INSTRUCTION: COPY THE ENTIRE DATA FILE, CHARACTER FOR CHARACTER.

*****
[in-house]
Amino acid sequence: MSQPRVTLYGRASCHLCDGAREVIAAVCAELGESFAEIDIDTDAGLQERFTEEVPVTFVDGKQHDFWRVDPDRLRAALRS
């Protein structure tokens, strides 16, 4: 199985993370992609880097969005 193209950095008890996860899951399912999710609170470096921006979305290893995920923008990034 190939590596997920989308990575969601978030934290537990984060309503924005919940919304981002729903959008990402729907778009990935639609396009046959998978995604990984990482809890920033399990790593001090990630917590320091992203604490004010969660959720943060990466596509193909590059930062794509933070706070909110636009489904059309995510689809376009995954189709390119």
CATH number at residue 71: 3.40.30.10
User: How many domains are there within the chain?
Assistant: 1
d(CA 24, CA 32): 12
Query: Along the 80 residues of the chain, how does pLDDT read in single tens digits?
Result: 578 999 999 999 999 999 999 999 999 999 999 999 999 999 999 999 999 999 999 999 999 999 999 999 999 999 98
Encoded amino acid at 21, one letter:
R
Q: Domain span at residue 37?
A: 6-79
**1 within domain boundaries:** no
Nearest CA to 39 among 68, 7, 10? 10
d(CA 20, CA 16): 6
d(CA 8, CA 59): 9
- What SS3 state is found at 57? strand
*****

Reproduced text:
[in-house]
Amino acid sequence: MSQPRVTLYGRASCHLCDGAREVIAAVCAELGESFAEIDIDTDAGLQERFTEEVPVTFVDGKQHDFWRVDPDRLRAALRS
């Protein structure tokens, strides 16, 4: 199985993370992609880097969005 193209950095008890996860899951399912999710609170470096921006979305290893995920923008990034 190939590596997920989308990575969601978030934290537990984060309503924005919940919304981002729903959008990402729907778009990935639609396009046959998978995604990984990482809890920033399990790593001090990630917590320091992203604490004010969660959720943060990466596509193909590059930062794509933070706070909110636009489904059309995510689809376009995954189709390119």
CATH number at residue 71: 3.40.30.10
User: How many domains are there within the chain?
Assistant: 1
d(CA 24, CA 32): 12
Query: Along the 80 residues of the chain, how does pLDDT read in single tens digits?
Result: 578 999 999 999 999 999 999 999 999 999 999 999 999 999 999 999 999 999 999 999 999 999 999 999 999 999 98
Encoded amino acid at 21, one letter:
R
Q: Domain span at residue 37?
A: 6-79
**1 within domain boundaries:** no
Nearest CA to 39 among 68, 7, 10? 10
d(CA 20, CA 16): 6
d(CA 8, CA 59): 9
- What SS3 state is found at 57? strand